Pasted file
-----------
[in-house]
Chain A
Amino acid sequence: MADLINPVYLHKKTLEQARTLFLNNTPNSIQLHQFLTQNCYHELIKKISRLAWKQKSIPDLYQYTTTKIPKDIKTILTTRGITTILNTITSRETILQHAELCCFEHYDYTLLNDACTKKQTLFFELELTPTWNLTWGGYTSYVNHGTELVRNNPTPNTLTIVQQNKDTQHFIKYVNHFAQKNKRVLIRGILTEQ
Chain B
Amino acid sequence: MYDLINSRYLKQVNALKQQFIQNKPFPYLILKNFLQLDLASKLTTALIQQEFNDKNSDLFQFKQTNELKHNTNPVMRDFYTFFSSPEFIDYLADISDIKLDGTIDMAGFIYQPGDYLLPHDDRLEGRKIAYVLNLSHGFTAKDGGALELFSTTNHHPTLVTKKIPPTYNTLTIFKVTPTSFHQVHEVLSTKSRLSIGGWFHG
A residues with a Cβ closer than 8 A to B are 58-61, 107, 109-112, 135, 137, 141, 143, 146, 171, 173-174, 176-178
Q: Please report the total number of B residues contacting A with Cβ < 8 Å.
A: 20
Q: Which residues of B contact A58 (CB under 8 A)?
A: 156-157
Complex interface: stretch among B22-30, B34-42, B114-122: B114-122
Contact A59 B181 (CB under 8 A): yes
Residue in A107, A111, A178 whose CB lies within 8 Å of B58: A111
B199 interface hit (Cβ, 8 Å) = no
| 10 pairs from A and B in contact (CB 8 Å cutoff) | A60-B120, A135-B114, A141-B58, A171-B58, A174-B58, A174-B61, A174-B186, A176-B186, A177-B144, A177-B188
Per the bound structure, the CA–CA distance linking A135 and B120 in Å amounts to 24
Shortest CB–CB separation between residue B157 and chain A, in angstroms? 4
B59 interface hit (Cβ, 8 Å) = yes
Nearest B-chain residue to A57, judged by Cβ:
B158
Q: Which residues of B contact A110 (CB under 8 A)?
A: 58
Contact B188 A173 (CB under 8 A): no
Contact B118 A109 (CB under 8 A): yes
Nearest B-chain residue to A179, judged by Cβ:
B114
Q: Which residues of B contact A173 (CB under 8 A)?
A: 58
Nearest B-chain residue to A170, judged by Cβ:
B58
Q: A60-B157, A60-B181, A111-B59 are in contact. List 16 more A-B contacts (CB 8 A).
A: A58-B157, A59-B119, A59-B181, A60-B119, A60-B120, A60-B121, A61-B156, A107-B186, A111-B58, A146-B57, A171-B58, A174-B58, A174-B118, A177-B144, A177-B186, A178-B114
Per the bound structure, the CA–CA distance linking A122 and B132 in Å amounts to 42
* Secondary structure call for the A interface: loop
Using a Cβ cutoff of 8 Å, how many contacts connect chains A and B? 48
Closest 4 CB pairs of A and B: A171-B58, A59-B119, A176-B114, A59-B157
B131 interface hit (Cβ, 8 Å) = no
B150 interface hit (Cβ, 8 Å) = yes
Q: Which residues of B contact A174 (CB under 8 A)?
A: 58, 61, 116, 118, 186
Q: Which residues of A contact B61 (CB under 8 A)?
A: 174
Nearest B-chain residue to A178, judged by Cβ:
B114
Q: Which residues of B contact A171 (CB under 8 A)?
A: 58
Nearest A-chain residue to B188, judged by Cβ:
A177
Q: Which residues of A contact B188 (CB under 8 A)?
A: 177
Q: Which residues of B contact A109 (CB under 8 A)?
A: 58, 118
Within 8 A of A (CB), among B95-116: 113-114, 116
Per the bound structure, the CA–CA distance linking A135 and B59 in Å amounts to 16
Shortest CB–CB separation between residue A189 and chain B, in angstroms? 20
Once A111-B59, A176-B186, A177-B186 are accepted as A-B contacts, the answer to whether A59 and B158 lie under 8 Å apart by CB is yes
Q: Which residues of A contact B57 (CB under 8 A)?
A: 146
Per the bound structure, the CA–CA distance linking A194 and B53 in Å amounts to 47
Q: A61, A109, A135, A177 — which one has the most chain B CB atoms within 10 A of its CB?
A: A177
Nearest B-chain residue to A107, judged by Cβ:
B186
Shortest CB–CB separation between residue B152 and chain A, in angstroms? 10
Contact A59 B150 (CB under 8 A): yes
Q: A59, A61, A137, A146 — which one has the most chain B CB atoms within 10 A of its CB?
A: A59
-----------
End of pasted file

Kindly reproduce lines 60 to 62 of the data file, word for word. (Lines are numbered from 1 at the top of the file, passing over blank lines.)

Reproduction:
Q: A61, A109, A135, A177 — which one has the most chain B CB atoms within 10 A of its CB?
A: A177
Nearest B-chain residue to A107, judged by Cβ: